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[72] to relieve distress; and by providing for the
Chap. XLV.} 1775.
yearly election of its successors, severed from the colonial legislature the appointment of future delegates to the general congress. The new provincial congress, chosen with all the forms of law by the qualified voters of each county, came together in October, and while they anxiously prayed for the re-establishment of harmony with Britain, they so far looked to the contingency of war as to offer to raise four thousand minute men, and actually to enrol two regiments for the continental service. It was on this occasion that William Alexander, commonly called the Earl of Stirling, a man of courage, intelligence, and promptitude, though a member of the royal council, entered the army as colonel of the battalion of East New Jersey. The attempt to raise money by taxation having failed, the expenses were met by a reluctant issue of thirty thousand pounds in bills of credit.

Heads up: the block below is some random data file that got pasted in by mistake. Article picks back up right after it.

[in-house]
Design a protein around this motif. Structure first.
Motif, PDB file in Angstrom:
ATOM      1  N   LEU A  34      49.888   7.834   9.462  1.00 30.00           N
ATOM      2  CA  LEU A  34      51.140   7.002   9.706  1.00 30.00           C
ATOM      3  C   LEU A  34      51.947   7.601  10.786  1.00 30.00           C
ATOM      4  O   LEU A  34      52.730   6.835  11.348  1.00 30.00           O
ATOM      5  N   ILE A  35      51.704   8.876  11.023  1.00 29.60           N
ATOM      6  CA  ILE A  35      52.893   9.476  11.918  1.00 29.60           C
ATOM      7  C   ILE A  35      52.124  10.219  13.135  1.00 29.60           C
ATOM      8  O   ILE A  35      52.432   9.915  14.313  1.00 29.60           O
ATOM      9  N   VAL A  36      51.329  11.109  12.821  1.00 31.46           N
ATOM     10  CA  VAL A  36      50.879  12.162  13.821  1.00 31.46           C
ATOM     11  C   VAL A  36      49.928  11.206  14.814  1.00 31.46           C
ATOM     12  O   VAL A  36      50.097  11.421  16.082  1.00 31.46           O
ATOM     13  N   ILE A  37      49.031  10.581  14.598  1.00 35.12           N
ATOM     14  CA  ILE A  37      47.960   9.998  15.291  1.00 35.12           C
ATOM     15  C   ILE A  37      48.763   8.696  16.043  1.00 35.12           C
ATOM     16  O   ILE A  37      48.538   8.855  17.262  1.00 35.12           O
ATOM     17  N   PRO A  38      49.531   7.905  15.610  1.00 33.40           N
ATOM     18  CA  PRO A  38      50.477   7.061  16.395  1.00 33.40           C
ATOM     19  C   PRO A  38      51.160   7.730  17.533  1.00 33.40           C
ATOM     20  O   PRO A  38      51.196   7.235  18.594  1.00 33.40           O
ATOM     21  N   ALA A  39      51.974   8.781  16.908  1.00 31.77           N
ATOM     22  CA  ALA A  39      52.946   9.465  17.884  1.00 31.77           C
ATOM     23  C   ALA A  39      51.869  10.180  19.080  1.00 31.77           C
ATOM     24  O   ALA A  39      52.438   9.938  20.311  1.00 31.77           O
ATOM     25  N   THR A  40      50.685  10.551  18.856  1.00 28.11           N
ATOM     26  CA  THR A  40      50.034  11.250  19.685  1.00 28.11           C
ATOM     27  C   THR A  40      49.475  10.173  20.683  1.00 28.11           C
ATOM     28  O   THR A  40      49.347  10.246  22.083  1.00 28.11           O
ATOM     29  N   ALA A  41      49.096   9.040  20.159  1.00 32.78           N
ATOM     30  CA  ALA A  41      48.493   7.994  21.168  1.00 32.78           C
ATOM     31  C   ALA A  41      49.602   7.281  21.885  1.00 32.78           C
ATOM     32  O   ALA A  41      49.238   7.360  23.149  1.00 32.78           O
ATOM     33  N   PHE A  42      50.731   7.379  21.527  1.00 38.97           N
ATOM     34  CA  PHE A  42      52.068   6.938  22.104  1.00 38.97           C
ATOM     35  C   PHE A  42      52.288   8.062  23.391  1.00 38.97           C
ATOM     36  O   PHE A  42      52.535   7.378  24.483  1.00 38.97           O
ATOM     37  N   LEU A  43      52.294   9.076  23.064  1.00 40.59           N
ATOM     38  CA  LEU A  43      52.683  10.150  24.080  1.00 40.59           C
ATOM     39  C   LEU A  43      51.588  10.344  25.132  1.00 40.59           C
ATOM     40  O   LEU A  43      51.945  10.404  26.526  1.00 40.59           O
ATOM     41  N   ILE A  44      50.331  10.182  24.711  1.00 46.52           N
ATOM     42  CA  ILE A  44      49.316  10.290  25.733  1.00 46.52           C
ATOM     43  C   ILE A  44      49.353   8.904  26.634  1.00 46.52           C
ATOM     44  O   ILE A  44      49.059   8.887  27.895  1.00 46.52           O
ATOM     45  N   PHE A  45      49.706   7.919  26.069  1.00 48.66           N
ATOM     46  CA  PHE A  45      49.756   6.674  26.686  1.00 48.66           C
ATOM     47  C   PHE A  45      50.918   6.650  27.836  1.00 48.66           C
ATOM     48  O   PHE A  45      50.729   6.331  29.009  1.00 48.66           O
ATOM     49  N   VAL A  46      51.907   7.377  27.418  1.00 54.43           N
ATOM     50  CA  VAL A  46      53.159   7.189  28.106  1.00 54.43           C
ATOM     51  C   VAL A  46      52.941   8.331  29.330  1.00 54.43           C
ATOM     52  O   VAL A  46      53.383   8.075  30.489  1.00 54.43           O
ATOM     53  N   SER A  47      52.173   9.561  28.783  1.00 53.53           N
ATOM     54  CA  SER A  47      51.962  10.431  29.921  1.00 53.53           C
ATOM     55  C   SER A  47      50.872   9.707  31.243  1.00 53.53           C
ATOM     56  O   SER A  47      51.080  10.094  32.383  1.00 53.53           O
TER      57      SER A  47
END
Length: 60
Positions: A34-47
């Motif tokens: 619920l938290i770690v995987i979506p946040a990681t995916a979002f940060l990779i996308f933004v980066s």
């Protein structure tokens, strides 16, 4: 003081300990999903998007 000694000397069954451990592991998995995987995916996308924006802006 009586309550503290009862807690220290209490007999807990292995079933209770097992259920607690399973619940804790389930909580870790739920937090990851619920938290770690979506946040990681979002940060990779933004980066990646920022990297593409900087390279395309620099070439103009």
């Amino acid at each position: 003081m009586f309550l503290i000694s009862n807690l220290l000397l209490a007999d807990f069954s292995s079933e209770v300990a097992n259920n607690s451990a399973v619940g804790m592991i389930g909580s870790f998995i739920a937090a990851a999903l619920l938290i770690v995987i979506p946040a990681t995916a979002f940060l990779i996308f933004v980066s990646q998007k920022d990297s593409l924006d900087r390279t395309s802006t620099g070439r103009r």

The disposition of New Jersey to languor was confirmed by Pennsylvania, where, from the first, Dickinson acted in concert with the proprietary government; and the ardent patriots, who had less command of public confidence, less influence with the religious parties, less tried ability in statesmanship, less social consideration in the city which was then the most populous and most wealthy in British America, yielded to his guidance. The first Pennsylvania convention in June, 1774, electing as its president the opulent merchant Thomas Willing, long an opponent of independence, aimed at no continuing political organization, and even referred the choice of the Pennsylvania delegates to congress to the house of representatives, in which loyalists held the majority, and

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